Alonso expressed his disappointment once again after the race as Daniel Ricciardo and Charles Leclerc allegedly gained an unfair advantage on Lap 1 by running wide deliberately at Turn 1 to get ahead of the Spaniard. 

The Alpine driver was comfortably beaten by Ricciardo and Leclerc, ultimately finishing in tenth after overtaking Williams’ George Russell into Turn 4 in the closing laps of the race. 

Reflecting on what happened on the opening lap at the Red Bull Ring, Alonso described it as “unfair”.

“We raced in Austria two times in two weekends and I was the only one overtaking cars at the start, braking very late for Turn 1 one on the inside,” Alonso said. “I overtook Ricciardo and Leclerc this time and they went off track at the exit of [Turn] 1 and they exited in front of me. And even more than that, they take the run into the next car in front from the slipstream into Turn 3. 

“I felt that was very unfair today, again and it was last weekend. I was into Turn 1 in front of Charles and Ricciardo, and I exit Turn 1 then 50 metres behind Ricciardo and I was the only one making the corner, so you feel a little bit stupid.”

Alonso acknowledged that the stewards often take a more lenient view on the opening lap given that there are 20 cars in close proximity.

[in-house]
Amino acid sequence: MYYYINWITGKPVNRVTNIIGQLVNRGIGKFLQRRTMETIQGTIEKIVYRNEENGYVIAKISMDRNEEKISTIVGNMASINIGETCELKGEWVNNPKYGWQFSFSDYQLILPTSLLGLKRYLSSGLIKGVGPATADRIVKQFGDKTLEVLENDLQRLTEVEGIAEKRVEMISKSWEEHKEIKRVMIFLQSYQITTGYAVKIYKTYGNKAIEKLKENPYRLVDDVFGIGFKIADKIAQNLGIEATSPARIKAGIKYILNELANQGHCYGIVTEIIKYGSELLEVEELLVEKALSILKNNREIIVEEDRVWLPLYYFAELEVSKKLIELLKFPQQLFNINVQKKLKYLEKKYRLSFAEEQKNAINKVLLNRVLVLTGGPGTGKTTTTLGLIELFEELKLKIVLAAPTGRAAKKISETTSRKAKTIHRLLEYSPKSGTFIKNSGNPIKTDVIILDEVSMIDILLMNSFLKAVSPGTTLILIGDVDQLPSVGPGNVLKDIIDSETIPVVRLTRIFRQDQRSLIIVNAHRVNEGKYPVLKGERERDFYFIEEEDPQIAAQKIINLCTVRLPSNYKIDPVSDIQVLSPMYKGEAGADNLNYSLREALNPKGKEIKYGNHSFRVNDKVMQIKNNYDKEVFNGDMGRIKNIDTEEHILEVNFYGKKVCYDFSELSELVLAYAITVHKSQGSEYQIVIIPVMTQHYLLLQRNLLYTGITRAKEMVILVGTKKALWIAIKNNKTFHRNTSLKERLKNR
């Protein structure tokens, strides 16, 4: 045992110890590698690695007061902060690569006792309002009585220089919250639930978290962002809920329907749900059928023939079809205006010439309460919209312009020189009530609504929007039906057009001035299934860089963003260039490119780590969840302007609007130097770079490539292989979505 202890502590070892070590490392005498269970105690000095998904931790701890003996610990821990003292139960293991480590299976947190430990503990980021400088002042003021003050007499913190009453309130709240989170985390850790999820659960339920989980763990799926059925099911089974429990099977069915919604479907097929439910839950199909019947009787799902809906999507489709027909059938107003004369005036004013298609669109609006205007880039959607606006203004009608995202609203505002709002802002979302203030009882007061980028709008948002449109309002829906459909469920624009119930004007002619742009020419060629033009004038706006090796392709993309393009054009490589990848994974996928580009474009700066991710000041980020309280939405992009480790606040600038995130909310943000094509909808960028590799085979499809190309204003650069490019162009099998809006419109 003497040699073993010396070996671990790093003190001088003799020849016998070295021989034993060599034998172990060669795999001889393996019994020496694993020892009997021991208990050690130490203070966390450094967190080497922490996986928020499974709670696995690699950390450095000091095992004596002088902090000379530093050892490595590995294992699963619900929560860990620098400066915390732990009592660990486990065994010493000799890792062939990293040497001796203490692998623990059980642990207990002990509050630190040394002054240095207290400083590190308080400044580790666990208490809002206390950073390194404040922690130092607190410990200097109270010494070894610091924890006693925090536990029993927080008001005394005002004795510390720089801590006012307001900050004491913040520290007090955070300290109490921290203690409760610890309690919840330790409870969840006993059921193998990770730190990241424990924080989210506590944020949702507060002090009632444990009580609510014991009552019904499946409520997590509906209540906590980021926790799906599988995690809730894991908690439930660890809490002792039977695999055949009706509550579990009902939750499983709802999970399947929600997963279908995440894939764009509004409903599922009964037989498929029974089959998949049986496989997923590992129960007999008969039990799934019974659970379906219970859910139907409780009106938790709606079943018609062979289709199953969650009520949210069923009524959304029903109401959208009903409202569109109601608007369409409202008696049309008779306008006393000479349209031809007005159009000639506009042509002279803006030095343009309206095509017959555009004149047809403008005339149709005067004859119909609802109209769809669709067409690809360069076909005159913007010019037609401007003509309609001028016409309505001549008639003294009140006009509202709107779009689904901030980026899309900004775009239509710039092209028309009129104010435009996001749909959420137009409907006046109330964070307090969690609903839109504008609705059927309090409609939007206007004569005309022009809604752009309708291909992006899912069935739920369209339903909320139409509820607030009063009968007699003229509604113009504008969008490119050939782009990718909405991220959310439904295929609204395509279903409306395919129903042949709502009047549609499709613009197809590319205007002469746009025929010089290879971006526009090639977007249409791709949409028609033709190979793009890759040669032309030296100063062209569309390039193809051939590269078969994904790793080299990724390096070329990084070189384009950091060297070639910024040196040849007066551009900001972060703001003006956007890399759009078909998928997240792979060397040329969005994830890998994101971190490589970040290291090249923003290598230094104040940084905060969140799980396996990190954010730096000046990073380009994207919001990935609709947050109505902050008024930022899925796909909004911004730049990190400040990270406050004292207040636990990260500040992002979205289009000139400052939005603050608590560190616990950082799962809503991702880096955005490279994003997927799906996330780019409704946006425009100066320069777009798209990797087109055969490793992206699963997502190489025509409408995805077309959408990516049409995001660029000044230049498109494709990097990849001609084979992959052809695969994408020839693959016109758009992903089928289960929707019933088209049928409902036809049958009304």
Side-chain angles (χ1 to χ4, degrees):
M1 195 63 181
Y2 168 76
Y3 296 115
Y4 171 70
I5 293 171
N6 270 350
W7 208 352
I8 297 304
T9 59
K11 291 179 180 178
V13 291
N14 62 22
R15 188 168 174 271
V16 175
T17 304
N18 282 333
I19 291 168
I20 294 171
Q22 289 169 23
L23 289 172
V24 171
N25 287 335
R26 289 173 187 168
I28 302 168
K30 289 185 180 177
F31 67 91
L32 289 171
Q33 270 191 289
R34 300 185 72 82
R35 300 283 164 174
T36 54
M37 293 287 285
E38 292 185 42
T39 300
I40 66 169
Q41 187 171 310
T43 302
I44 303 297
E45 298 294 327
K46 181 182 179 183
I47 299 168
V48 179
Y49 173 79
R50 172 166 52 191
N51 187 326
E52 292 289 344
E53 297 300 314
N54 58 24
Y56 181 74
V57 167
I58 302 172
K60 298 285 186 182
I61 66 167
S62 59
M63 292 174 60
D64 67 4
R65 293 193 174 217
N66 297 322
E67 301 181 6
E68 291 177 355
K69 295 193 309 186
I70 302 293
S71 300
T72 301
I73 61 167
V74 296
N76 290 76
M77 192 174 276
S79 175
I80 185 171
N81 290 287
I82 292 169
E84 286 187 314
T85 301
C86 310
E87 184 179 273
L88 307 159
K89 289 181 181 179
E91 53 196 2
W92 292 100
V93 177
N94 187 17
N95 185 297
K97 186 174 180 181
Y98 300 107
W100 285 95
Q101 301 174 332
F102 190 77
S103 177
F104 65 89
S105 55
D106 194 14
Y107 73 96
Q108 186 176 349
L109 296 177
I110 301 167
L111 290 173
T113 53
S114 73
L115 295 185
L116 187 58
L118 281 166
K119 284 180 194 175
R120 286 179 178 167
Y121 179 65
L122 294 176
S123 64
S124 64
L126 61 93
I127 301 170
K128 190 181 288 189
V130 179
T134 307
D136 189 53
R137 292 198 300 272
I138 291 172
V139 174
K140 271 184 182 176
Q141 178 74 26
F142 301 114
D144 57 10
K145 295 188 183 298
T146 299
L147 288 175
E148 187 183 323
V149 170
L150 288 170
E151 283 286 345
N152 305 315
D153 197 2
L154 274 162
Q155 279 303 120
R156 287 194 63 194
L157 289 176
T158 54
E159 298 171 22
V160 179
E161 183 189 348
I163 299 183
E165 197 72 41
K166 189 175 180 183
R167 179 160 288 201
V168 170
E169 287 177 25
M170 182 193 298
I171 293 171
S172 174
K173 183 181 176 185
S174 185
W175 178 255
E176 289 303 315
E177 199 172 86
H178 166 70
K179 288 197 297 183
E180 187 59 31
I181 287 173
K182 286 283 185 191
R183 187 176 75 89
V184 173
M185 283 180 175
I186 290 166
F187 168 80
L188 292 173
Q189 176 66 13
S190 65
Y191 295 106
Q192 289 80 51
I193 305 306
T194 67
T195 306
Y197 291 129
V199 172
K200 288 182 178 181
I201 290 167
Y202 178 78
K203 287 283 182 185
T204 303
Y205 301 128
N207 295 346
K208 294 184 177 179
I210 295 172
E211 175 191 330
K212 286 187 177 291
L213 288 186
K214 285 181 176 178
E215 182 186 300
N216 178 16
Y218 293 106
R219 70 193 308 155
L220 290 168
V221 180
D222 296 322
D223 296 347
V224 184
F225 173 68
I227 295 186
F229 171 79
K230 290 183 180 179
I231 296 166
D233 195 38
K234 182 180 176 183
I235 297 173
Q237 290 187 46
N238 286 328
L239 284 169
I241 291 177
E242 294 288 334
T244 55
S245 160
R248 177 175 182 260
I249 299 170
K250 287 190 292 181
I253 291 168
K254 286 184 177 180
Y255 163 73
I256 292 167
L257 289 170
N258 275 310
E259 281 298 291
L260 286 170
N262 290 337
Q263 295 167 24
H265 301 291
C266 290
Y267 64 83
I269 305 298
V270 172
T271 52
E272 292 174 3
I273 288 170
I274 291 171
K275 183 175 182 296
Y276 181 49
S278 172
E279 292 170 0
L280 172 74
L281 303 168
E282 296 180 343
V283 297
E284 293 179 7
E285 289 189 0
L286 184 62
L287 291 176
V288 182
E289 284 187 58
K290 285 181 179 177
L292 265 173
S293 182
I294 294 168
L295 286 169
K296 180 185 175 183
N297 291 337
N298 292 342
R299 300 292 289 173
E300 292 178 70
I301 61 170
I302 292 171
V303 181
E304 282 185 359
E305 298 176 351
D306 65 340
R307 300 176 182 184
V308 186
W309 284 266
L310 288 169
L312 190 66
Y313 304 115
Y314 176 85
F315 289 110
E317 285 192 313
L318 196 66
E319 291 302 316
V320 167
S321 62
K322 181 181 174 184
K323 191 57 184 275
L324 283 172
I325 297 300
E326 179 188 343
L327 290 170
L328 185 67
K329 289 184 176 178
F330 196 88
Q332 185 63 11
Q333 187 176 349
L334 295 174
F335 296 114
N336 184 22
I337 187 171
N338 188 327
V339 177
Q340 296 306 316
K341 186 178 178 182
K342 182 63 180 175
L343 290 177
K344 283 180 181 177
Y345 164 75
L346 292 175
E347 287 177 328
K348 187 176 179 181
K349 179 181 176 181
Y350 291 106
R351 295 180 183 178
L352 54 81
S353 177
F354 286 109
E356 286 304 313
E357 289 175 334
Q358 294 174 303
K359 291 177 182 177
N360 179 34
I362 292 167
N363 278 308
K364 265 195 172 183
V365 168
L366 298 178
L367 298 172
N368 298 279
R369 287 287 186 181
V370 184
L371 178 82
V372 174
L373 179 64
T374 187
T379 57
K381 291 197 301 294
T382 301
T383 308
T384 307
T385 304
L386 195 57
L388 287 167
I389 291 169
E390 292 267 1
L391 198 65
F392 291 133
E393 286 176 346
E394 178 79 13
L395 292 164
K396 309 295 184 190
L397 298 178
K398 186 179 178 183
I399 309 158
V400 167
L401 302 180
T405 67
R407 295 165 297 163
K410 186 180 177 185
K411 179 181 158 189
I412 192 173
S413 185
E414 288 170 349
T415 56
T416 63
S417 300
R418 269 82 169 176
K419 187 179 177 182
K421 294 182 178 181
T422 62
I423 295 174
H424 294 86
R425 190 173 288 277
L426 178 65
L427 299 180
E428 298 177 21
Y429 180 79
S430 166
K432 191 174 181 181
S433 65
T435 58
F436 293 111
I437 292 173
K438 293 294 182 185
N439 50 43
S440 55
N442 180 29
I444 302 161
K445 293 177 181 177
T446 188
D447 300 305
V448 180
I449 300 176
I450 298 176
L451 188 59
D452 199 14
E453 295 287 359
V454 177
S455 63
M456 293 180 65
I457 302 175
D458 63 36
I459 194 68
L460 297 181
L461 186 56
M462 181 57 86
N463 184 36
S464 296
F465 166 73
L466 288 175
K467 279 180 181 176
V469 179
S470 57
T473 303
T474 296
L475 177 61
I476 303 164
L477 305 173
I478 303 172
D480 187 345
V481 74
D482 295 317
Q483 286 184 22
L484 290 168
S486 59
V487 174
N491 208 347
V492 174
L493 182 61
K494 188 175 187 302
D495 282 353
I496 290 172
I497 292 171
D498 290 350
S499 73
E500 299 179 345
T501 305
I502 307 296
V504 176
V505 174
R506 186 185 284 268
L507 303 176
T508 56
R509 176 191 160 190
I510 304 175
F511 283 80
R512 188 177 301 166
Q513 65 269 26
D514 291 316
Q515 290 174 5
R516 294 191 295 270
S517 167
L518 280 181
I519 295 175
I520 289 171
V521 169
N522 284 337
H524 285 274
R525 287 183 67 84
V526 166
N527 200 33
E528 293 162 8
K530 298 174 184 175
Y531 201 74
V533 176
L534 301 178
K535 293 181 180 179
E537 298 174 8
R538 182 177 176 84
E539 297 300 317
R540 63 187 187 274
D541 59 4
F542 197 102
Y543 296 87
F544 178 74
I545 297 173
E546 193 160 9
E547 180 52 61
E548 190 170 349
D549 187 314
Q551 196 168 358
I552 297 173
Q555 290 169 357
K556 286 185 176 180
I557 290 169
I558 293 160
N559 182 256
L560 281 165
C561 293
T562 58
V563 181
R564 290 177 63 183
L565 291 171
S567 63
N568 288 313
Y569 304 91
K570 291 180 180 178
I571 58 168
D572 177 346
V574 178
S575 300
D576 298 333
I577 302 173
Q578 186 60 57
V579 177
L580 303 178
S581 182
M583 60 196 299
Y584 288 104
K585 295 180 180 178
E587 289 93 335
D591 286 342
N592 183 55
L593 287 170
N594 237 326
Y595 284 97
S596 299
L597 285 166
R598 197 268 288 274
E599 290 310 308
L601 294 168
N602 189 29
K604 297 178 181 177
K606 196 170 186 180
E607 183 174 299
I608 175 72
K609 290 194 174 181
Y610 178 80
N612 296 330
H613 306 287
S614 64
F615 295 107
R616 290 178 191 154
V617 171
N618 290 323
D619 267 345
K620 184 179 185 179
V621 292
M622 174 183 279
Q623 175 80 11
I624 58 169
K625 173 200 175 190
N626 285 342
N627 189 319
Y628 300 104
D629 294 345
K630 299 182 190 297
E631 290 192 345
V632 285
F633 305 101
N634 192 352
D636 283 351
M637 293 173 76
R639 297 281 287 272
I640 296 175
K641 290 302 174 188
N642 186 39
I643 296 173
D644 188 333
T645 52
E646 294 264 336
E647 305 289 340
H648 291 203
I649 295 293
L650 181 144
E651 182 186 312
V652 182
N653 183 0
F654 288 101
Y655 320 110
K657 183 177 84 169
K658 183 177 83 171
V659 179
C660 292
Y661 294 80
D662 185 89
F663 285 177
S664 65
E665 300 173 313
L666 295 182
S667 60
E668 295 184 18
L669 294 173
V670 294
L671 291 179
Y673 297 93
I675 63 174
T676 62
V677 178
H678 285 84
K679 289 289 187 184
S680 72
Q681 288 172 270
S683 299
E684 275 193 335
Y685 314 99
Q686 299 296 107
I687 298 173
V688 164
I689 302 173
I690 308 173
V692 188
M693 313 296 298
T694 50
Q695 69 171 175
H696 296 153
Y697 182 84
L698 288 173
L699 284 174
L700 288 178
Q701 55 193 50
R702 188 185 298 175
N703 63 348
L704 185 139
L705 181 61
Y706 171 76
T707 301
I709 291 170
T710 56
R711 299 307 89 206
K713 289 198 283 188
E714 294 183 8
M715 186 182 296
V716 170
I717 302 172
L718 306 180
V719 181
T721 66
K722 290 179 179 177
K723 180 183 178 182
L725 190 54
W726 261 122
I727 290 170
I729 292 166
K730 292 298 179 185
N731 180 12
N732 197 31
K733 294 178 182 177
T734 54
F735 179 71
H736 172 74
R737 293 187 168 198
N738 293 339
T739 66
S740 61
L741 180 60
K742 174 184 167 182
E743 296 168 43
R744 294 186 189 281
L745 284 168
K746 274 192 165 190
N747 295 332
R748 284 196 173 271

Although the two-time champion doesn’t believe either Ricciardo or Leclerc were forced off the track, rather it was their own choice to gain an advantage. 

“I think it’s written and it’s quite clear that on the first lap they are a bit more flexible on penalties and track limits, as we are fighting so sometimes you are forced to go outside the track because you are fighting and you are forced by another car and you take the runoff area,” Alonso added. 

“But it was not the case. It was just a pure performance decision to go outside and to keep the throttle on. There was no one side by side. So I don't think that is a grey area. It was quite clear.”

Race director Michael Masi explained why no one was penalised on the first lap in Austria.

“We look at it, one of the things we said, and this came about since the Paul Ricard 2019 [race], was the first lap and first couple of corners, if it exists, that a car needs to be back behind the car it entered the corner behind,” Masi explained. “We looked at the incident that Fernando was referring to and from the angles that we could see at the time, that was exactly what had occurred. 

“So that’s the general principle, because particularly in circumstances like that, everyone has asked, generally, to look at those things in a much lenient way and help the drivers and teams if they need to. That was looked at the time.”